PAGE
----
Behemoth (Job 40) and Leviathan (Job 41) are frequently referenced as evidence that the patriarch Job lived alongside such dinosaurs as brachiosaurus and kronosaurus. Is this fact or fiction?
First, it is important to recognize that Job serves as a literary polemic*, a written indictment, against the gods of ancient Near Eastern mythology. Not only were pagans literally supplanted by people of the promise, but their mythological narratives were literarily supplanted by the metanarrative*, the overarching story of Scripture. It is not Baal who destroys “the writhing serpent, encircler-with-seven-heads” (Ugaritic text) but Yahweh who “crushed the heads of Leviathan” (Psalm 74:14). Thus, through literary subversion*, God recasts pagan myth in a manner that corresponds to reality.
Furthermore, it is crucial to note the literary progression of Job. After thirty-plus chapters of rambling human speculations, God answers Job out of the storm. In essence, the Almighty asks Job if he would like to try his hand at running the universe for a while: “Who fathers the drops of dew?” “Who can tip over the water jars of the heavens?” “Do you give the horse his strength?” “Does the eagle soar at your command?” Consider Behemoth, who “ranks first among the works of God” or the sea dragon—“Can you pull in the leviathan with a fishhook?” The literary progression moves from creation, to creatures, to the cherub who once ranked first in the order of creation. To Job, the primal monster of the land, like the primal monster of the sea, was indomitable. To Jehovah, Behemoth and Leviathan were mere pets on a divine leash. In the literary progression of the Bible, the monster is vanquished. Says Isaiah, “Leviathan the gliding serpent, Leviathan the coiling serpent; [God] will slay the monster of the sea” (27:1).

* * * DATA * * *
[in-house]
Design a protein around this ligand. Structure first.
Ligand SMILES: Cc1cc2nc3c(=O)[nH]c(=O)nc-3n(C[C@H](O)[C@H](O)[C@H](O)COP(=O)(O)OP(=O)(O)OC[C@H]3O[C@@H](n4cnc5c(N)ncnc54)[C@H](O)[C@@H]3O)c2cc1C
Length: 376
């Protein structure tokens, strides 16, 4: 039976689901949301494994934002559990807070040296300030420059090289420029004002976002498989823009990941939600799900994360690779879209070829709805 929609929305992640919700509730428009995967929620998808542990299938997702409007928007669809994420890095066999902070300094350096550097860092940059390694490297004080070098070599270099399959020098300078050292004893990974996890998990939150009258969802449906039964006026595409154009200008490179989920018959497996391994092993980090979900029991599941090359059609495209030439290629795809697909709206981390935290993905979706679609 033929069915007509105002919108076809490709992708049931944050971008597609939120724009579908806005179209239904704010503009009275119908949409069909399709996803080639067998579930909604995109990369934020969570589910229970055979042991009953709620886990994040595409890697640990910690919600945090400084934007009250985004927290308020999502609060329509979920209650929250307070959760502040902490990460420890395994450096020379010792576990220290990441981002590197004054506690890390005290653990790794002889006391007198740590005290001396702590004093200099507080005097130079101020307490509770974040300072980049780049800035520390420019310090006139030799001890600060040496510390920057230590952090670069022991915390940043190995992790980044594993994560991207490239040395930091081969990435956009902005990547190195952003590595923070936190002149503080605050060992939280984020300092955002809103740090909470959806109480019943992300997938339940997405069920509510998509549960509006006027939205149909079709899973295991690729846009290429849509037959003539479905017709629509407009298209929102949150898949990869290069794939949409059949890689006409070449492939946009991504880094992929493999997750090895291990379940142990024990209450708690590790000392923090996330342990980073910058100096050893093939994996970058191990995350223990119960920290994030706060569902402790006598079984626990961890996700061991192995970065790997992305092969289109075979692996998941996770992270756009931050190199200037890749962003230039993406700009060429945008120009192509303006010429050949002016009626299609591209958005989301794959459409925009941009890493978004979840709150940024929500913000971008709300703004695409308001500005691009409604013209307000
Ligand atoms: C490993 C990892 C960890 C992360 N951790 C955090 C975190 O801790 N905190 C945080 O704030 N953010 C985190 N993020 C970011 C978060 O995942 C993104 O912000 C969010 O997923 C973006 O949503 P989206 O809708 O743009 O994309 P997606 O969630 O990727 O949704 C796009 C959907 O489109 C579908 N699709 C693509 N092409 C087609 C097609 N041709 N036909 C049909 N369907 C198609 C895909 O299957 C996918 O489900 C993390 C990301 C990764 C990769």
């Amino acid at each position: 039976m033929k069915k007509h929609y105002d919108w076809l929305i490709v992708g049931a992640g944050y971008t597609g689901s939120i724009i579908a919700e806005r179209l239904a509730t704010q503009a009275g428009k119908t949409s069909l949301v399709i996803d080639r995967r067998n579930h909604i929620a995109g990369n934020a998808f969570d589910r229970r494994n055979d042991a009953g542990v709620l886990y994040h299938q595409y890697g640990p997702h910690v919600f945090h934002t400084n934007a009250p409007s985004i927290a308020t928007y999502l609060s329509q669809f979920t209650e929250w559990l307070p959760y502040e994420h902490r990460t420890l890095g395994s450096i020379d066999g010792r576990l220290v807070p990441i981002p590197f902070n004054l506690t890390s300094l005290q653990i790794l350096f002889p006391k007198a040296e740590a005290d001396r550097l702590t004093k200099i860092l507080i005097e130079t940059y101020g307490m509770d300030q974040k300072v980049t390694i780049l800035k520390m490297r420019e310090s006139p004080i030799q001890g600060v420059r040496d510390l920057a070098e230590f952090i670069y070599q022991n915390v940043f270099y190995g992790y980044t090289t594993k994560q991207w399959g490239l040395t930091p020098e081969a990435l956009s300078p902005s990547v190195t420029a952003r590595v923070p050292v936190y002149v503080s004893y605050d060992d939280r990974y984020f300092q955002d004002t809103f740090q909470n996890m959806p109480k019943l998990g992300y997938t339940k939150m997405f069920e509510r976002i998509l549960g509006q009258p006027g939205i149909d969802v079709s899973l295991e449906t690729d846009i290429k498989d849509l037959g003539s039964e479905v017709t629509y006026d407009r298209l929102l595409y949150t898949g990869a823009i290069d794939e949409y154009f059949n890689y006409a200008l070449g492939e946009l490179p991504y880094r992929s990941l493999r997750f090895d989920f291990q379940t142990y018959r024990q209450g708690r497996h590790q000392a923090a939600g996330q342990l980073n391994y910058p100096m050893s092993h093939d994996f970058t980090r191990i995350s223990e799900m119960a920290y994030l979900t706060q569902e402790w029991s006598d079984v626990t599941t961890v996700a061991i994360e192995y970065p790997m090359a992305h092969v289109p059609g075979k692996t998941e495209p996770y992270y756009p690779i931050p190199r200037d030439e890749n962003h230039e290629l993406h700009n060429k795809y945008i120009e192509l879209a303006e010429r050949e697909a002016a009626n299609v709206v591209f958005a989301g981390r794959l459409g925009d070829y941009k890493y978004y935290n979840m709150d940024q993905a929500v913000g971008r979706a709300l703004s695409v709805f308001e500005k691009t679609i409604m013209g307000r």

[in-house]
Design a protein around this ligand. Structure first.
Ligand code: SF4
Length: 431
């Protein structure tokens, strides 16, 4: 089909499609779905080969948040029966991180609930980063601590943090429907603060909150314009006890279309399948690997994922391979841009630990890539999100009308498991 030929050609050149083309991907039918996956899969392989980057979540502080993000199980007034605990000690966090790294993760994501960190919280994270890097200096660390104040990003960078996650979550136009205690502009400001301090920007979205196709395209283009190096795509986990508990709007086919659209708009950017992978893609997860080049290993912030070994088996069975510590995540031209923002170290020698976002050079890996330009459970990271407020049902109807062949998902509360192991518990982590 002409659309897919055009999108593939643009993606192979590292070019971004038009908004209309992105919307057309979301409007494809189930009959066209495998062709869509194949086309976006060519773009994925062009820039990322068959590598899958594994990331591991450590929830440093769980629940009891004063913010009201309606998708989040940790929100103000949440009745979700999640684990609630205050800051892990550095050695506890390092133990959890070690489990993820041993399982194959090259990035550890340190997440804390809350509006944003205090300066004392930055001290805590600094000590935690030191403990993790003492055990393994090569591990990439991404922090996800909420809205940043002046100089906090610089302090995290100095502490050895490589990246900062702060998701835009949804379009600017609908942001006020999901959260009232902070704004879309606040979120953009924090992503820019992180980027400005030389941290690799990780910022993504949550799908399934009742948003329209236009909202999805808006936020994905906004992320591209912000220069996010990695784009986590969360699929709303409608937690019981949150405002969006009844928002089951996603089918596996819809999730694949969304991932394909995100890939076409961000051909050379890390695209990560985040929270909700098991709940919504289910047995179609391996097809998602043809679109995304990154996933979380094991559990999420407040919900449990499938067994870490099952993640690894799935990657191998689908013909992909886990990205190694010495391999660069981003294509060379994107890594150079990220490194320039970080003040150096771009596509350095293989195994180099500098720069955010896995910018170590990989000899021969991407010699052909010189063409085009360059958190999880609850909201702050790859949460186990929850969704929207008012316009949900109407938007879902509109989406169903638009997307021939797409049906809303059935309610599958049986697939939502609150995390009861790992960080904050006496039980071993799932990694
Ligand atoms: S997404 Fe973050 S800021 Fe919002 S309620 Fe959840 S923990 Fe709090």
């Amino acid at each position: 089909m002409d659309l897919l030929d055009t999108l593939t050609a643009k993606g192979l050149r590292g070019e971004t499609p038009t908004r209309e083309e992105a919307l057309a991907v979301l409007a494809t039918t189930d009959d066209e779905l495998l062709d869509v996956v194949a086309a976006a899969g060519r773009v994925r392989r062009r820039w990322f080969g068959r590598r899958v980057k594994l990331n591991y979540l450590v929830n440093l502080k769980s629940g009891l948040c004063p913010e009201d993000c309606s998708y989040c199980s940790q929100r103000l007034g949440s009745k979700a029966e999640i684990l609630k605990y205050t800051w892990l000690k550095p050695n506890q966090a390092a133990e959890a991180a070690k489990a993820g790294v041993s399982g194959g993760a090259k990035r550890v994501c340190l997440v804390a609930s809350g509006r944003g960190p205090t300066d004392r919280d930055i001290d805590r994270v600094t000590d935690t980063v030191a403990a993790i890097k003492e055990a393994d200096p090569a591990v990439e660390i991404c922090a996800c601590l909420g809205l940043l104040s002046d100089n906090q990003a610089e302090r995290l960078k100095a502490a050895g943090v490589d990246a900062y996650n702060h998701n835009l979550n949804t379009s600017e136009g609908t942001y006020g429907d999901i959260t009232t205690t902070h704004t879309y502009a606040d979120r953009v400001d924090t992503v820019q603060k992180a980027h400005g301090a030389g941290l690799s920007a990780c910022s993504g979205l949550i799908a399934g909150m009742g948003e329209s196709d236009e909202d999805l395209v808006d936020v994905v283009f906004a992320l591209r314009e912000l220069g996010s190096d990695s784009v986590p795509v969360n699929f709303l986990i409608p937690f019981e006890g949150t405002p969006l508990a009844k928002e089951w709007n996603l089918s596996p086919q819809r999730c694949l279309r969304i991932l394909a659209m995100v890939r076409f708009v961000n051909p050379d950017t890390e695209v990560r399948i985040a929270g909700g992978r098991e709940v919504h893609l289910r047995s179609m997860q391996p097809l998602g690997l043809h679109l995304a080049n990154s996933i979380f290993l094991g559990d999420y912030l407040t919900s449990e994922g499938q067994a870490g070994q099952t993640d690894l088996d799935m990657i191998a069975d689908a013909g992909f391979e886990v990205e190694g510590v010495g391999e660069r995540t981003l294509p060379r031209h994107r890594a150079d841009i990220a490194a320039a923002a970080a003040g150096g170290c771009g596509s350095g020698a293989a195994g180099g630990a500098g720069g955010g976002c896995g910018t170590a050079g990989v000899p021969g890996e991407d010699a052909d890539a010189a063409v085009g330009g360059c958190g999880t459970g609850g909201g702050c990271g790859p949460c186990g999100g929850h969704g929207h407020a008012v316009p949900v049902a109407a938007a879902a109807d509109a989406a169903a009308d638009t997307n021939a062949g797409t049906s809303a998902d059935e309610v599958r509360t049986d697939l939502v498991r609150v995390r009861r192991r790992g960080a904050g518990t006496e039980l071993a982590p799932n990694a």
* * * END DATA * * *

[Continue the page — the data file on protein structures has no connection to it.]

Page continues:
Finally, in interpreting Scripture in light of Scripture, the literary personification of Satan becomes readily apparent. In Genesis he is presented as an alluring serpent that tempts humanity to fall into lives of perpetual sin terminated by death; in Psalms he is portrayed as a multiheaded monster opposing the purposes of God; in Isaiah he is a coiling serpent emerging out of the primal waters; and in Revelation, a red dragon that personifies the extremities of evil.
In sum, Leviathan and Behemoth are not dinosaurs but personifications that illustrate a metaphysical reality. As such, the mythology of the dragon underscores the reality of the devil.
the Abyss and holding in his hand a great chain. He seized the
dragon, that ancient serpent, who is the devil, or Satan, and
bound him for a thousand years.